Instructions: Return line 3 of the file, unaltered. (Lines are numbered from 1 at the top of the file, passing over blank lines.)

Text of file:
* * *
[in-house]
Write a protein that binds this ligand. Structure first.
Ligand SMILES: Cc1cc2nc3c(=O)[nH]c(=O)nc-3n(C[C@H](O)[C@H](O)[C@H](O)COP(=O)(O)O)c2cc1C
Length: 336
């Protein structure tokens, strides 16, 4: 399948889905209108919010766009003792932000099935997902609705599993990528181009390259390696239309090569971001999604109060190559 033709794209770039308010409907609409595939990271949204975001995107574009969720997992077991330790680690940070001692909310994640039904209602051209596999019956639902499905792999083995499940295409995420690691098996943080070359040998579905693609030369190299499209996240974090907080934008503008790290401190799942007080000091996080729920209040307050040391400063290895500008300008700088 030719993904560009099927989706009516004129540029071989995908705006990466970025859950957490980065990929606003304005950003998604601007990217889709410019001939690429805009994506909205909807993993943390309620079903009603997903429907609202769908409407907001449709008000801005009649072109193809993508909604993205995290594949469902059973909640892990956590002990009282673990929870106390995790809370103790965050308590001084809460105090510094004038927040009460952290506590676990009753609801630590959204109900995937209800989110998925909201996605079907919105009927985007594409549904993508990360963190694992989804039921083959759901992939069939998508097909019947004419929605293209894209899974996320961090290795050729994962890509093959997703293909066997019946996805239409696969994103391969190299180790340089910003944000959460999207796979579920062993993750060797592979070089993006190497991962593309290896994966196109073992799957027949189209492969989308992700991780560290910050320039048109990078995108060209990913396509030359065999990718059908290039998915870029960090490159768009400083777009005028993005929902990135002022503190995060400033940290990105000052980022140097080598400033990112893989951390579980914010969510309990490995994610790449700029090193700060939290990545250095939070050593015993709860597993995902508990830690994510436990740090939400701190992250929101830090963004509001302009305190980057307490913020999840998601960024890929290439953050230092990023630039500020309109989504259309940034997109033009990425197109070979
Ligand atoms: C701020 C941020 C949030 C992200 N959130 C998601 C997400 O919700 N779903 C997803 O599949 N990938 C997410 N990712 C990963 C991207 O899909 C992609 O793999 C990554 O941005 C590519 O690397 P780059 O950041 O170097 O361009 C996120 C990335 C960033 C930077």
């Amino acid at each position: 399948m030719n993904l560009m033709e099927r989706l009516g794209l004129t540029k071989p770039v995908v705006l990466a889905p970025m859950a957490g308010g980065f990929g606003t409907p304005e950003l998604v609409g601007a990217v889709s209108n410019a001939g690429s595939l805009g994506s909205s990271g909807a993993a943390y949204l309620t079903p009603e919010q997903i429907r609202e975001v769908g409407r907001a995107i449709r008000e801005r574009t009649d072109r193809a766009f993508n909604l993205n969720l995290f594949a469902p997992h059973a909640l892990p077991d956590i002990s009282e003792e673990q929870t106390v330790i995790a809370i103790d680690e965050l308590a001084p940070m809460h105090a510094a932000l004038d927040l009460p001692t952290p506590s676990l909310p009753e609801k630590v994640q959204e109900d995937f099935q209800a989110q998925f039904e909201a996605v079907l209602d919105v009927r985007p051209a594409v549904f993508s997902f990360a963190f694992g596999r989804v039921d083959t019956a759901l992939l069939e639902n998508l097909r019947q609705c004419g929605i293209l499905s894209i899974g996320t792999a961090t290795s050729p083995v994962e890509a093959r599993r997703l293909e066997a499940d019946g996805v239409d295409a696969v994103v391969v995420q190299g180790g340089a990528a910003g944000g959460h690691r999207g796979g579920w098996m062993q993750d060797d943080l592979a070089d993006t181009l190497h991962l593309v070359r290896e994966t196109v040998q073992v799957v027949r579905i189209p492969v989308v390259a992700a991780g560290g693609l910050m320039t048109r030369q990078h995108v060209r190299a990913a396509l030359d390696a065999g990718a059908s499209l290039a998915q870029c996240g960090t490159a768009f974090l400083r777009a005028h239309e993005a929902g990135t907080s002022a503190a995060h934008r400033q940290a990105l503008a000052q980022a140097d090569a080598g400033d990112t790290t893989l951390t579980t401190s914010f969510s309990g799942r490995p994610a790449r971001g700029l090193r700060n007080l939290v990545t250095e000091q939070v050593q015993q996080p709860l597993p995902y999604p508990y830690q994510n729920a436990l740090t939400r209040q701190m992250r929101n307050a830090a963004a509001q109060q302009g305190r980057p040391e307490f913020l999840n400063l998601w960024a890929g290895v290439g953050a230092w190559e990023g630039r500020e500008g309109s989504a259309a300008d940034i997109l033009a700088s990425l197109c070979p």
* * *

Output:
Ligand SMILES: Cc1cc2nc3c(=O)[nH]c(=O)nc-3n(C[C@H](O)[C@H](O)[C@H](O)COP(=O)(O)O)c2cc1C